As the first Transportation Worker Identification Credentials (TWIC) approach their expiration dates, some mariners are reporting confusion in the renewal process.
TWIC cards are issued by the Transportation Security Administration (TSA). In addition to a TWIC, working mariners are likely to have some combination of the Merchant Mariner License (MML), Merchant Mariner’s Document (MMD) or Merchant Mariner Credential (MMC). But they are not created equal.
All three documents are acceptable forms of identification to obtain or renew the TWIC, according to Lorie Dankers, a TSA spokeswoman. “The MML and MMD will continue to be acceptable until they are fully phased out, which is set to occur in spring 2014,” Dankers said.
But the MMD, a driver’s license-sized card required by mariners on U.S. ships of 100 tons or more, supposedly carries more weight, according to the TSA.
According to the TSA’s requirements, identification documents come in two categories for U.S. citizens born in the United States or its outlying possessions.
The first category is List A, which requires only one document for identification. An unexpired MMD falls into this category, even though it’s being phased out.
The second category, List B, requires two documents from the list for identification. Both an unexpired MML bearing an official raised seal, or a certified copy of the MML and an unexpired MMC fall into this category. Also, the TWIC itself is found on List B, requiring an additional approved document as well.
When John Bennett, president of Maritime Protective Services, a Florida-based compliance consulting and training firm, got his TWIC in 2009, he took a U.S. passport, which is on List A, making it sufficient identification by itself. But at the enrolling office he also had to show his driver’s license.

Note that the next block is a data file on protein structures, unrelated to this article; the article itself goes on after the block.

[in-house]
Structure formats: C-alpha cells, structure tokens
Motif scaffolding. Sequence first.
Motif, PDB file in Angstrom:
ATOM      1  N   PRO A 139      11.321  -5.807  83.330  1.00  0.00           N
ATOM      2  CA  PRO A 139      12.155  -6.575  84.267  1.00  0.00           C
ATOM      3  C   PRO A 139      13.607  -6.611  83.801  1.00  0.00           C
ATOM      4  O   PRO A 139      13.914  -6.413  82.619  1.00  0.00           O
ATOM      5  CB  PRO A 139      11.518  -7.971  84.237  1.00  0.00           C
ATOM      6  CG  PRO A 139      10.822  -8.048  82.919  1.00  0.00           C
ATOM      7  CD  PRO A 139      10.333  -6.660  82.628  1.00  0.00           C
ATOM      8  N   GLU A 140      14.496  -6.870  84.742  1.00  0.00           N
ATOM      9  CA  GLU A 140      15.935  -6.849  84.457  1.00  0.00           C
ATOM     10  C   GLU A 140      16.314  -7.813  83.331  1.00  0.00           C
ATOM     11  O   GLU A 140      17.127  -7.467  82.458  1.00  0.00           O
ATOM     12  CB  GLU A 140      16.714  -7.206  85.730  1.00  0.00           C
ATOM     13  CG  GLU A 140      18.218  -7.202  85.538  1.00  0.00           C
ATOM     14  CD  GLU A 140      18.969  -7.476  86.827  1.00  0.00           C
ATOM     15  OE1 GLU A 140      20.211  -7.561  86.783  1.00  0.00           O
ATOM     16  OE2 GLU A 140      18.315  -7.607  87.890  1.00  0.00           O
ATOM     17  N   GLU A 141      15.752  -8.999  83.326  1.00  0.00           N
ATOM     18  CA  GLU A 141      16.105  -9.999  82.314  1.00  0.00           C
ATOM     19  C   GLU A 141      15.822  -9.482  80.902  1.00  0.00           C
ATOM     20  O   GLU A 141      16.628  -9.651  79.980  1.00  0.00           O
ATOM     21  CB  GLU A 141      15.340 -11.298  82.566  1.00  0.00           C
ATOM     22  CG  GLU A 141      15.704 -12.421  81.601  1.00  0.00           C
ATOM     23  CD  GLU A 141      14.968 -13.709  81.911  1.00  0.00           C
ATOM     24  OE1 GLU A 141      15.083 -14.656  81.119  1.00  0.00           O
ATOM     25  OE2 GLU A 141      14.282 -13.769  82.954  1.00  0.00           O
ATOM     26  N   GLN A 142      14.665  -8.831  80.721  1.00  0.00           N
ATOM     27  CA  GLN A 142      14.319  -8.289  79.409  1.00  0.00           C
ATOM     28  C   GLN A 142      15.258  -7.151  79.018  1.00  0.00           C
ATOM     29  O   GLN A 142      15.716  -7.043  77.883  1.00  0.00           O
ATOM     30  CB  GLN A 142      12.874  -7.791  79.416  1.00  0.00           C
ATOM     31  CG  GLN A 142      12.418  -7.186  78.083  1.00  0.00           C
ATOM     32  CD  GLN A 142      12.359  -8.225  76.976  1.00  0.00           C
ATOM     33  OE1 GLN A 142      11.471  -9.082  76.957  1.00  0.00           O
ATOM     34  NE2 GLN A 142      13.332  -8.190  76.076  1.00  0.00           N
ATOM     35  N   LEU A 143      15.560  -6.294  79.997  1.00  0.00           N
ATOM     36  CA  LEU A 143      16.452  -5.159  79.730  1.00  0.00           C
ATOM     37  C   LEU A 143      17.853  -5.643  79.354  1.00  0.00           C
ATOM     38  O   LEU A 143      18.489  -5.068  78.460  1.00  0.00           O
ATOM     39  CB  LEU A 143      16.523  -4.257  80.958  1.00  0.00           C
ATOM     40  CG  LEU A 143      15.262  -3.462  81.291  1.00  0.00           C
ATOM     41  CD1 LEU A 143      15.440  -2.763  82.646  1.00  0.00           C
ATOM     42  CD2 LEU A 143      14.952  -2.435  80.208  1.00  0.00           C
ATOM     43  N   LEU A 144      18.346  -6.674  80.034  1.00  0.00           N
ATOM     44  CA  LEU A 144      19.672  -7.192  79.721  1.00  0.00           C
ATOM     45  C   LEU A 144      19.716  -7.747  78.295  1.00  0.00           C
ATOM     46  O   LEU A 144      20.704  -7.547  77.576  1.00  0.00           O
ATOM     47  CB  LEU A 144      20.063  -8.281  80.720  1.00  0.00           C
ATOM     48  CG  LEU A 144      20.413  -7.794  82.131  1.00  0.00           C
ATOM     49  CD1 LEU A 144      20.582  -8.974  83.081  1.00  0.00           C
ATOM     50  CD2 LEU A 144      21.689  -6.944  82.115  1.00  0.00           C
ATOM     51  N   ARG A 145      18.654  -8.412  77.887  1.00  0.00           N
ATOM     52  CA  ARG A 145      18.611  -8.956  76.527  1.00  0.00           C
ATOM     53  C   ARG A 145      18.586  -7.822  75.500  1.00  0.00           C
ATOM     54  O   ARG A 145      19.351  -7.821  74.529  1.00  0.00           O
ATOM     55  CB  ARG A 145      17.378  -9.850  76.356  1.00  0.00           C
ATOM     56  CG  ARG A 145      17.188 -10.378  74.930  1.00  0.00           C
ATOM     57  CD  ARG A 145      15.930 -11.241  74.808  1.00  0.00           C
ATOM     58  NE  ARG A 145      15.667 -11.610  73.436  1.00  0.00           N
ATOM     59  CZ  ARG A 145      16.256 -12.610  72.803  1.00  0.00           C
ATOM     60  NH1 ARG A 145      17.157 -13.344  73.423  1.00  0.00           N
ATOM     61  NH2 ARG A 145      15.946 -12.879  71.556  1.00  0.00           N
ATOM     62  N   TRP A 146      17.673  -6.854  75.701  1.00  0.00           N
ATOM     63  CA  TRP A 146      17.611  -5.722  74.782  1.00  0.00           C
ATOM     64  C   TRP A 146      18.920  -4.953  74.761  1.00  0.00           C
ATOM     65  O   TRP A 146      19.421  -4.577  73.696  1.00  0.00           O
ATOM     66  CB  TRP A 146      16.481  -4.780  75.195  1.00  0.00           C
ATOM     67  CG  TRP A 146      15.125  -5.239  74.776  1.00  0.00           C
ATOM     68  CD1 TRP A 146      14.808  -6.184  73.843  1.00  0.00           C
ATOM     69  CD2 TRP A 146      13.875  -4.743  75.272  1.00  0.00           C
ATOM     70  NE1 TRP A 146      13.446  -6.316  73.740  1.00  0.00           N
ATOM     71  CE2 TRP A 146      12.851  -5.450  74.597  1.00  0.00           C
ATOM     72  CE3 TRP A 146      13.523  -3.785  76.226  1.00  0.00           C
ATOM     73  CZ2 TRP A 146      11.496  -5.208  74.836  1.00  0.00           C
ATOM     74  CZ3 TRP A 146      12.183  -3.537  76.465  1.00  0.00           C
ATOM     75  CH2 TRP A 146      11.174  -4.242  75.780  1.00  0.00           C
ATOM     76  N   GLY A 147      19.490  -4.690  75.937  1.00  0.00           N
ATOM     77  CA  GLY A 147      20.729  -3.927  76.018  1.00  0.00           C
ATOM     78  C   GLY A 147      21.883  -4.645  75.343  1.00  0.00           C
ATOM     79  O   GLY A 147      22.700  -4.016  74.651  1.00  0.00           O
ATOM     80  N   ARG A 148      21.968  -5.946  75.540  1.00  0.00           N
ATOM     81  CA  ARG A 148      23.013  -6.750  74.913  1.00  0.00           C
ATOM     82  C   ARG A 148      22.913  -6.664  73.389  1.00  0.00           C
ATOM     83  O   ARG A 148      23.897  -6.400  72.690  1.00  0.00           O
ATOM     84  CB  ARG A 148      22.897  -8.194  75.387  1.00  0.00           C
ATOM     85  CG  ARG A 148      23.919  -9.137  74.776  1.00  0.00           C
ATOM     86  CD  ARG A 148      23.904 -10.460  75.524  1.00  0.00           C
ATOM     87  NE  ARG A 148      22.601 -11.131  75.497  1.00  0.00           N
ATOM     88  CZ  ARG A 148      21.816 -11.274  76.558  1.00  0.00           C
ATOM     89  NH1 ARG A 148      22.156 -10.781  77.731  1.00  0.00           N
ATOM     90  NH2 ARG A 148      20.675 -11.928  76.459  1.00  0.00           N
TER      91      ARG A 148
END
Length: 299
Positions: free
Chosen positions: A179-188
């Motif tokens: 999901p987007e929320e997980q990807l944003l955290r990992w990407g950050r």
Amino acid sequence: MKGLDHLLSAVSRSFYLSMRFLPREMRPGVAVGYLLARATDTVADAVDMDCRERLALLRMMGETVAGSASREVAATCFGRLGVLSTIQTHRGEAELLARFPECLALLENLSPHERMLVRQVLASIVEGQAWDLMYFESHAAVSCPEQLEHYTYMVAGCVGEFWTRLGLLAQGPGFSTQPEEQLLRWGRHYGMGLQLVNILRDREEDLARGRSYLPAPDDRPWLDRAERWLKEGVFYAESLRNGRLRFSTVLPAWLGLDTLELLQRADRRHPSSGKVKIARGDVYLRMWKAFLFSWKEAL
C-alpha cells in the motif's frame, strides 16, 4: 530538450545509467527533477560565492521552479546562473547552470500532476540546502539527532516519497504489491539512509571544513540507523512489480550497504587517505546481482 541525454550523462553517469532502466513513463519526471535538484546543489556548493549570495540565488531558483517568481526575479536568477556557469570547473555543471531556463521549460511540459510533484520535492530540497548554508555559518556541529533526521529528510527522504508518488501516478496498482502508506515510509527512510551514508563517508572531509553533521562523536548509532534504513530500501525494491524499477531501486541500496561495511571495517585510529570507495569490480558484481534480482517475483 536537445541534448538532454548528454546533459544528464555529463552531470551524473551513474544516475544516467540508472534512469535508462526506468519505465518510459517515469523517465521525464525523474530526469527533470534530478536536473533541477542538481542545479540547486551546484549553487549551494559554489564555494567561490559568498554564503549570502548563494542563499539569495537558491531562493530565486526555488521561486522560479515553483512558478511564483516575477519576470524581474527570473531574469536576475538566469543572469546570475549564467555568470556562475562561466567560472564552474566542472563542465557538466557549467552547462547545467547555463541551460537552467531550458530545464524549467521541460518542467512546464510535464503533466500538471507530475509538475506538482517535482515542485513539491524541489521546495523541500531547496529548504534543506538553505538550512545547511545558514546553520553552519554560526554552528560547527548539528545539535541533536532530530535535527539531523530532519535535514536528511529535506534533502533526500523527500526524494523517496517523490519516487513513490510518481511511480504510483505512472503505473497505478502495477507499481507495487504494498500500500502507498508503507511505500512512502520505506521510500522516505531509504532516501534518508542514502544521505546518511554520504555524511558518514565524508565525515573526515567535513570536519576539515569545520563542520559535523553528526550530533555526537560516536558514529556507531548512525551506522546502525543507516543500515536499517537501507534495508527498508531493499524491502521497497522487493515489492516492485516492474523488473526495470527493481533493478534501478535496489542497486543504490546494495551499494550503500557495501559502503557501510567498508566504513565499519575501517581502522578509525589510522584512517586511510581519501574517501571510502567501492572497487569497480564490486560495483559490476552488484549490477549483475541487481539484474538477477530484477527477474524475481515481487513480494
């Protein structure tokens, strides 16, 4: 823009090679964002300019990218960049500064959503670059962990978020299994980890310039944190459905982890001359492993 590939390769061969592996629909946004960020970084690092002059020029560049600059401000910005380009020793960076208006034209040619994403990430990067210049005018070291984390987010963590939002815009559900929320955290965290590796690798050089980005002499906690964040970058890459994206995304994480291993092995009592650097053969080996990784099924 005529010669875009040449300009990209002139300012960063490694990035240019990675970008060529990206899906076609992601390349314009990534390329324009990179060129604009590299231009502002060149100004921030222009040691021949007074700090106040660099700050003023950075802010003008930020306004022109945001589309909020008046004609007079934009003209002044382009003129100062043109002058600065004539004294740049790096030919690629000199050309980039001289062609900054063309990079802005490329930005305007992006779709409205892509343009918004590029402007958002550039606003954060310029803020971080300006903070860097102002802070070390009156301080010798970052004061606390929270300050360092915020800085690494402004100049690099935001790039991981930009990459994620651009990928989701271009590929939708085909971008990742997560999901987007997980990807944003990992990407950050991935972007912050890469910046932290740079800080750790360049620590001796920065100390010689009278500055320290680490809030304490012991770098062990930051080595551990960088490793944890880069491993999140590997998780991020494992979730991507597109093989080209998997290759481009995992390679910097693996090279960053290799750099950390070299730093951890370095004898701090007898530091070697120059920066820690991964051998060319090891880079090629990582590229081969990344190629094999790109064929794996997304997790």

“There’s a difference between what’s on the list and what actually happens when you go in the office,” Bennett said.
To help TWIC holders extend the life of their documents, TSA has launched a three-year replacement Extended Expiration Date (EED) TWIC at a reduced cost of $60, compared to the standard fee of $129.75.
Beginning in late August, U.S. citizens or U.S. nationals who hold TWICs that will expire on or before Dec. 31, 2014, can apply for the extension.
TWIC holders who are not U.S. citizens or U.S. nationals or who are eligible but do not wish to use the three-year renewal option can apply for the standard five-year renewal.
The three-year option is a one-time opportunity, Dankers noted.
“Upon the expiration of this three-year EED TWIC, all TWIC holders will be required to enroll for a standard five-year TWIC,” she said.
The extension program is designed to allow TWIC holders to renew their cards at a lower cost while TSA deploys the much-delayed biometric readers that are at the heart of the TWIC program.
Without the biometric identification, the TWIC security measures won’t have much teeth.
“If we don’t have the readers, it’s just a glorious piece of laminated plastic that has a picture of you on it,” Bennett said.